Kilsheimer said he’s still exploring what could potentially make a fuel tank like the one stored in the Champlain Towers garage explode — and whether such an explosion could have knocked out a column or other structural element of the building.
Drawings for remediation work that was put out to bid earlier this year showed that gas service was set to be installed at the building, Kilsheimer said, but he said he doesn’t believe the building had any gas service when it collapsed.
It’s unclear whether federal investigators looking into the collapse have yet reviewed the 911 calls. A spokesperson for the U.S. Department of Commerce’s National Institute of Standards and Technology said the agency, which is staffed with some of the world’s top engineers and chemists, has not finalized its team for the Surfside disaster.
While it’s too early to say whether they would be a focal point, the calls mentioning an explosion would almost certainly be examined, potentially prompting witness interviews.
“NIST looks at any and all available information that is going to help shed light on the probable cause,” Jennifer Huergo, spokesperson for the agency, told the Herald on Wednesday.
While the pool deck slab was known to have failed first, the emergency calls also provide a clearer timeline of events. At 1:16 a.m., a breathless caller reported “a big explosion” at Champlain Towers South. At the same time, a fire alarm service called in an alarm for the building. It isn’t until 1:21 a.m. that someone reported the debris cloud — which the caller described as “smoke” — that engulfed bystanders as half the building collapsed, demolition-style.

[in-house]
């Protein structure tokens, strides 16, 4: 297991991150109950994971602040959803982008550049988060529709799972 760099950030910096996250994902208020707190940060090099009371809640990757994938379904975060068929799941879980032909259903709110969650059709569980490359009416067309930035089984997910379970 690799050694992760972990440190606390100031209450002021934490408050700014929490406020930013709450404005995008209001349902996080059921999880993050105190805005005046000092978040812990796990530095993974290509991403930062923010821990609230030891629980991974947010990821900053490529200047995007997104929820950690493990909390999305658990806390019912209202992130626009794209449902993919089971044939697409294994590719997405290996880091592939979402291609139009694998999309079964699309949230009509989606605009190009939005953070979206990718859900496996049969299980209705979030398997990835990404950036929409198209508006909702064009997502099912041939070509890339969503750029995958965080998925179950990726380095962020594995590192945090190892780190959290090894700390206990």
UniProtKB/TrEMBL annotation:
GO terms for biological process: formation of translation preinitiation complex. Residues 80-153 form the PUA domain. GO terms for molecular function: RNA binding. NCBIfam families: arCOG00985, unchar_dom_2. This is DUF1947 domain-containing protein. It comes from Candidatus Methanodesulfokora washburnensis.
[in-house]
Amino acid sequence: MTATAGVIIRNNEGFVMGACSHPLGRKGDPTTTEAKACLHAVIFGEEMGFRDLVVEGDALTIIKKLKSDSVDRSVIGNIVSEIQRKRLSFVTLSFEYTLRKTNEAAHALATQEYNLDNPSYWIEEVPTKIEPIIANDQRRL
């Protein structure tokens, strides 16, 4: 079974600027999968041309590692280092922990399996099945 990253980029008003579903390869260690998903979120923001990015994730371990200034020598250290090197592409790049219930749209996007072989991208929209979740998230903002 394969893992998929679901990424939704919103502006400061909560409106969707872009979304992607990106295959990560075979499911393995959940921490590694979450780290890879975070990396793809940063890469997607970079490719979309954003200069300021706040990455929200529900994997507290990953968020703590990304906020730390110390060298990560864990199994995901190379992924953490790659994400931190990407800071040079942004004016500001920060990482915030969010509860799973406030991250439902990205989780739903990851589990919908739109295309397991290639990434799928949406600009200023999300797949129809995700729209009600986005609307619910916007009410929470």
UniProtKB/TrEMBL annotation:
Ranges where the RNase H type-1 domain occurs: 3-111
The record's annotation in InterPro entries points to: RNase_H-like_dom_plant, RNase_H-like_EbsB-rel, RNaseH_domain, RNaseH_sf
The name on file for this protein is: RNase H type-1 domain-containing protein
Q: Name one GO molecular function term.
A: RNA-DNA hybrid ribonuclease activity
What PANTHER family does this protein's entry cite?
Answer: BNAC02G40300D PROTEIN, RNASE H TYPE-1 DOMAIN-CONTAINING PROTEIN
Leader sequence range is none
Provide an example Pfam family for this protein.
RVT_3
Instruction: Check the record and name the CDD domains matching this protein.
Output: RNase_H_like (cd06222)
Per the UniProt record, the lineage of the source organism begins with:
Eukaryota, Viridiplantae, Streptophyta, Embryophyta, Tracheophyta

At 1:23 a.m. another caller, who originally phoned Miami Beach police to report that “the roof collapsed in the garage,” according to the recording, instead yelled to the county dispatcher “Oh my god. The f***ing building collapsed.”
A few minutes later another shaken caller said she witnessed the pool area collapse.
“I woke up because I was hearing some noise, I couldn’t understand what was happening,” she said. “I look outside and I saw the patio [pool] area, started sinking down.”
She said she saw the “whole building” fall underground.
“There are many, many floors of the building that went down, the building just went to the sinkhole,” she said. “So there will be many, many people dead.”
The ultimate trigger will not be certain without a full investigation. Still, buildings usually don’t just fall without a nudge, regardless of their state of disrepair, experts say, making the sudden, unexplained, middle-of-the night Champlain cave-in appear unprecedented. But explosions — of gas lines or otherwise — have triggered collapses in the past.
“All of this makes a lot more sense to me. Because nothing else made sense to me,” Lehman said. “An explosion shatters concrete, unfortunately, just like we saw in Oklahoma City.”
Still, it’s possible, Batista said, that there was no particular trigger — other than years of structural problems and deterioration over time, including concrete cracking under pressure, that caused columns to give way.
“I’ve personally seen in projects that I’ve worked with that these things just collapse at a moment’s notice,” Batista said. “But nothing remotely to the extent of this damage.”
Even if the trigger for the slab failure was identified, experts say, it still does not explain why the structure on top of it subsequently came down. Lehman said a question for investigators remains: “How could we have saved the rest of the building from collapsing.”